There is measurable relative advantage to using instructional software for teaching in the classroom because of all the many resources available. In the area of Release-Time Seminary in which I teach, having so many tools available has been very helpful. Looking over the main areas of instructional software and finding examples from each of them to create my Instructional Software Presentation that charted out the relative advantages, I found that each area of emphasis had tools already for instructional software.
There are many advantages to using instructional software. Roblyer and Doering describe 5 types of instructional software namely: Drill and Practice, Tutorials, Simulations, Instructional games, and Problem Solving. Roblyer & Doering, 2013 p. 77) While each of these types of instructional software are extremely useful and have many advantages in learning, one tool that is really helpful in my teaching is the Drills and Practice instructional software.
My classes are on a block A/B schedule. At first it seemed like I had a lot of time to teach (85 minute periods) but I quickly discovered that the material I was to cover was shortened by 35 minutes per class (based off 60 minute classes each day). The majority of class time needed to be dedicated to identifying, understanding, analyzing, discussing, and presenting material. When can my students get time to work on the skills they needed to development in Scripture Mastery? The solution I have found is by highlighting Scripture Mastery in class period and then encouraging the students to use instructional software apps that have been developed so they can gain the knowledge they need to master the scriptures.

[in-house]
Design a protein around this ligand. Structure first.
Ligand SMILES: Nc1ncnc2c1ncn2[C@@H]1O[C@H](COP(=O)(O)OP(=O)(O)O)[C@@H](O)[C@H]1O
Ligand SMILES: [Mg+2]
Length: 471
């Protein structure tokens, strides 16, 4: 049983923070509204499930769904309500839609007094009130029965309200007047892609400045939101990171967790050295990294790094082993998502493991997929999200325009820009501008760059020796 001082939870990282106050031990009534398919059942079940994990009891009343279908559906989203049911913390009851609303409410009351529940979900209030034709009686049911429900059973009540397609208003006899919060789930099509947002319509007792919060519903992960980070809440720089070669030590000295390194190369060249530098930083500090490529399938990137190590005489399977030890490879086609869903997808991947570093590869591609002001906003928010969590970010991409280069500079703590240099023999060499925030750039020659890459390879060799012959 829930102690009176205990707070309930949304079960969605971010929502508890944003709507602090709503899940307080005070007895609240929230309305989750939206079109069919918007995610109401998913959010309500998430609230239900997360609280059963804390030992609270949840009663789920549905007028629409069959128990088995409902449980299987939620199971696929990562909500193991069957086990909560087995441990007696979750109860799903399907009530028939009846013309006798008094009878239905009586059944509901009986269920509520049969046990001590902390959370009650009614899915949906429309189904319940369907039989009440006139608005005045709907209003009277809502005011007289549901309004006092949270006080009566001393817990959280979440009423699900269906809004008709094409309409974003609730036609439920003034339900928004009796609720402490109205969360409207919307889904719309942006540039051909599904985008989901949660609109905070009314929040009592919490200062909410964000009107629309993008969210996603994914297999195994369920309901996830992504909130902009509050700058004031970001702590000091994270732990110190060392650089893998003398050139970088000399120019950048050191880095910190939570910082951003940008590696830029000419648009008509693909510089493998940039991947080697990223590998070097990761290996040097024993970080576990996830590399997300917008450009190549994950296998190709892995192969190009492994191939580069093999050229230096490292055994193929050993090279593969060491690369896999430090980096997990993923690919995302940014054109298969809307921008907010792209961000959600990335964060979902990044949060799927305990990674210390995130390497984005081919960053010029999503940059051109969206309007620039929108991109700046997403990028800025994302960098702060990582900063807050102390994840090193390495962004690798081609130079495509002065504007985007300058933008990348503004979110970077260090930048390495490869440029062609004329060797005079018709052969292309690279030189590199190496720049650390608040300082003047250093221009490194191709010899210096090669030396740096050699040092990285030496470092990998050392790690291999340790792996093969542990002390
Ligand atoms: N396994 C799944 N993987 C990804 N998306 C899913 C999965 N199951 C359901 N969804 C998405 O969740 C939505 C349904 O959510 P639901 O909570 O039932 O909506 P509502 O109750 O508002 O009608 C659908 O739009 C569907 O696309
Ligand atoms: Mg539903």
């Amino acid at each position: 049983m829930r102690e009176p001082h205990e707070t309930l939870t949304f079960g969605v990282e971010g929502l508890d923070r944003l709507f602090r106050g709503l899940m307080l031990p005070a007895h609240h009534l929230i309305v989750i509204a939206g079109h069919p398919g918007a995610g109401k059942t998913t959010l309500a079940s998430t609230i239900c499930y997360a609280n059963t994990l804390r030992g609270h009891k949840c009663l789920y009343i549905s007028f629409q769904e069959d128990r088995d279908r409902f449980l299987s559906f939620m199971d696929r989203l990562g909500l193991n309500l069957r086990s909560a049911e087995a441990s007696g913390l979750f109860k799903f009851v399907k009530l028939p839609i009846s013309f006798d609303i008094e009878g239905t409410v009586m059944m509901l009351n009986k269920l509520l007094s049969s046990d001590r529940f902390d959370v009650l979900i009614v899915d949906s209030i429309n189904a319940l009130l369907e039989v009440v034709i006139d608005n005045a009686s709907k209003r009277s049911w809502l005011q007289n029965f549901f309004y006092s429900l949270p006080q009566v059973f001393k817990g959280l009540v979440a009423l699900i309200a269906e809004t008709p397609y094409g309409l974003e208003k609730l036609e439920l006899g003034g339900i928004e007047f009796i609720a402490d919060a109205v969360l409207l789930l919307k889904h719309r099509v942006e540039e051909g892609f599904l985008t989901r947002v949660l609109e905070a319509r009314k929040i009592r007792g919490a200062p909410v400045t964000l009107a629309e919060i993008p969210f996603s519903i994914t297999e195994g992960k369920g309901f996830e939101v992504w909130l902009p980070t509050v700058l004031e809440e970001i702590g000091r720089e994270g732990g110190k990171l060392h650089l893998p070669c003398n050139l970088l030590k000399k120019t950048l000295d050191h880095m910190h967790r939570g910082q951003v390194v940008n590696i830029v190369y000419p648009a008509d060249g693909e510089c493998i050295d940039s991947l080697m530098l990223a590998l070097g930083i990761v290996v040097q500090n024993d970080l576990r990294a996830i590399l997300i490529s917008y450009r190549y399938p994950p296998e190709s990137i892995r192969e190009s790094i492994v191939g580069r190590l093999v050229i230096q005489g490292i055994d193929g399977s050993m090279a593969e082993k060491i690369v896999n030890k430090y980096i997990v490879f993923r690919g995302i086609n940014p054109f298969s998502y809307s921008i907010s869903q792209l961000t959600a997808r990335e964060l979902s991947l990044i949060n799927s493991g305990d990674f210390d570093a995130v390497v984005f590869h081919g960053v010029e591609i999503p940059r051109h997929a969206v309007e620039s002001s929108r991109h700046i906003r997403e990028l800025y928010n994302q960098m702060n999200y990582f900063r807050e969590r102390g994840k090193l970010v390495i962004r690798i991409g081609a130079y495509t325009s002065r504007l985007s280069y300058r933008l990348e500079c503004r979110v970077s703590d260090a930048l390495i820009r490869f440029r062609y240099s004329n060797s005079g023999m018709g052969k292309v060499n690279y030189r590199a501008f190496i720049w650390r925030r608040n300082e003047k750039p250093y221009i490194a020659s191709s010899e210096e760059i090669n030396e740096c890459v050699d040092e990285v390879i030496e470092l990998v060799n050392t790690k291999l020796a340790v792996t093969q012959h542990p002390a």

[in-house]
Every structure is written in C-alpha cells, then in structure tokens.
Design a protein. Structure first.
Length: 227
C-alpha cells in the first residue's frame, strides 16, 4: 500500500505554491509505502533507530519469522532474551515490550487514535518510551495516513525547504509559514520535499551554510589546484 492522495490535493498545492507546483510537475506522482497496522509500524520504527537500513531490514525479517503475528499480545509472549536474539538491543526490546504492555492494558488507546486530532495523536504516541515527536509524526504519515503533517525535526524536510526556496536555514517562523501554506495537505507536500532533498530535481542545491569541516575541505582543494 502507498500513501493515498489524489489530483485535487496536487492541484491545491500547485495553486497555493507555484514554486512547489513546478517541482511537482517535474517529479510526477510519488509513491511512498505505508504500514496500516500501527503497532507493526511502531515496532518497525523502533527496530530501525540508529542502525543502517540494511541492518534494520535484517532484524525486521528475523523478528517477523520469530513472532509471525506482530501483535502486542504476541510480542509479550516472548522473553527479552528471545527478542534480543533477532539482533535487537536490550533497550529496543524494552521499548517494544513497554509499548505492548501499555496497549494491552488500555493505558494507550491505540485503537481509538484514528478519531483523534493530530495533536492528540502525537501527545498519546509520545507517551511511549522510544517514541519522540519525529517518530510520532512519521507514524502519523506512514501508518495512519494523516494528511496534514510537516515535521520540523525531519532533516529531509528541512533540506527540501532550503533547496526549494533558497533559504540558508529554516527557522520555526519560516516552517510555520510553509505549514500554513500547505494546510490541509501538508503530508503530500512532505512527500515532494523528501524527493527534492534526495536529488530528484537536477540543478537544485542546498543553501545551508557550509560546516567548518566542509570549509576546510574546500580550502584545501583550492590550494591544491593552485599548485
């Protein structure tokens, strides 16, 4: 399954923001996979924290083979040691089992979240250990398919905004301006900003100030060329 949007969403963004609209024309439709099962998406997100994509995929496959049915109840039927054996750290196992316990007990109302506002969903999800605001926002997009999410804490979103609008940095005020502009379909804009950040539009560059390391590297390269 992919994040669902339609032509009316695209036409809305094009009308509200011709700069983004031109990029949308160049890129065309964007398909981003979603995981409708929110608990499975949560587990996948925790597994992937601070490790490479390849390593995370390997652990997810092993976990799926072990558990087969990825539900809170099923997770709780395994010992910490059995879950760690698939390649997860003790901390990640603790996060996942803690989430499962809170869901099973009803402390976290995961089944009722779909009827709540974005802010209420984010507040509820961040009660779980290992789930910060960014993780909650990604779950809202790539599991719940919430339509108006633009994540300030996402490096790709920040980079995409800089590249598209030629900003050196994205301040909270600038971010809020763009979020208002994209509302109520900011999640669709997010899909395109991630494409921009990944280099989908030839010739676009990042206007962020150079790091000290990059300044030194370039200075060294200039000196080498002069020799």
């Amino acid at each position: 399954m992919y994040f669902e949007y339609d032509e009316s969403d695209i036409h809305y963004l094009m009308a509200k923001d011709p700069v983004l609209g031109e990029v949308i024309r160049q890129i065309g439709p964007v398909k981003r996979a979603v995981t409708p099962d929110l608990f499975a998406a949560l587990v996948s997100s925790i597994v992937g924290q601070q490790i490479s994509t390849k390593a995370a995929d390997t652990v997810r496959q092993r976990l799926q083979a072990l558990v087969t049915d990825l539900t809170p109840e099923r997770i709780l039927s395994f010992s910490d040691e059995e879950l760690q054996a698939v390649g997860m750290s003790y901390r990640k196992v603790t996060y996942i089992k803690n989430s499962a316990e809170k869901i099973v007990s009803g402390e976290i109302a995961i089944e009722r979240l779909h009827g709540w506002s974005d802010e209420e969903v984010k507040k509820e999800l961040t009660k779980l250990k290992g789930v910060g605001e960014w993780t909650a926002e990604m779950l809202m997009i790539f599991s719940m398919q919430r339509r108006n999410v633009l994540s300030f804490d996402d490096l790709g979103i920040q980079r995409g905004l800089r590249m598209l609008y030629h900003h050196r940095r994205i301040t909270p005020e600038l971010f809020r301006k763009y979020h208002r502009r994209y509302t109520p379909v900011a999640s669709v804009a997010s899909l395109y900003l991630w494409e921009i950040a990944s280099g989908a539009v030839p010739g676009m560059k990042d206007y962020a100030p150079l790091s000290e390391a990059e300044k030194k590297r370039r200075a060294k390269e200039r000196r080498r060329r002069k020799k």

In helping students master the scriptures I have found that the guideline to set time limits has been very useful in applying drills and practice in the classroom. “Teacher should limit the time devoted to drill assignments to 10 to 15 minutes per day” (Roblyer & Doering, 2013 p. 86). Following this practice has been very helpful in integrating instructional software in the class.
As educators it is important to evaluate types of instructional software and equally important to follow proper procedure in implementing it. One resource I have found that gives step-by-step instruction in instructional software evaluation is found here (Teaching today, meheon.com). This website gives very good guidance on ways to integrate instructional software and also how to evaluate the tools. Looking at all the advantages of using instructional software with the tools available, it is easy to see how the educational world is integrating technology more and more with effective results.
Roblyer, M. D., & Doering, A. H. (2013). Integrating education technology into teaching. (6th ed.). Pearson.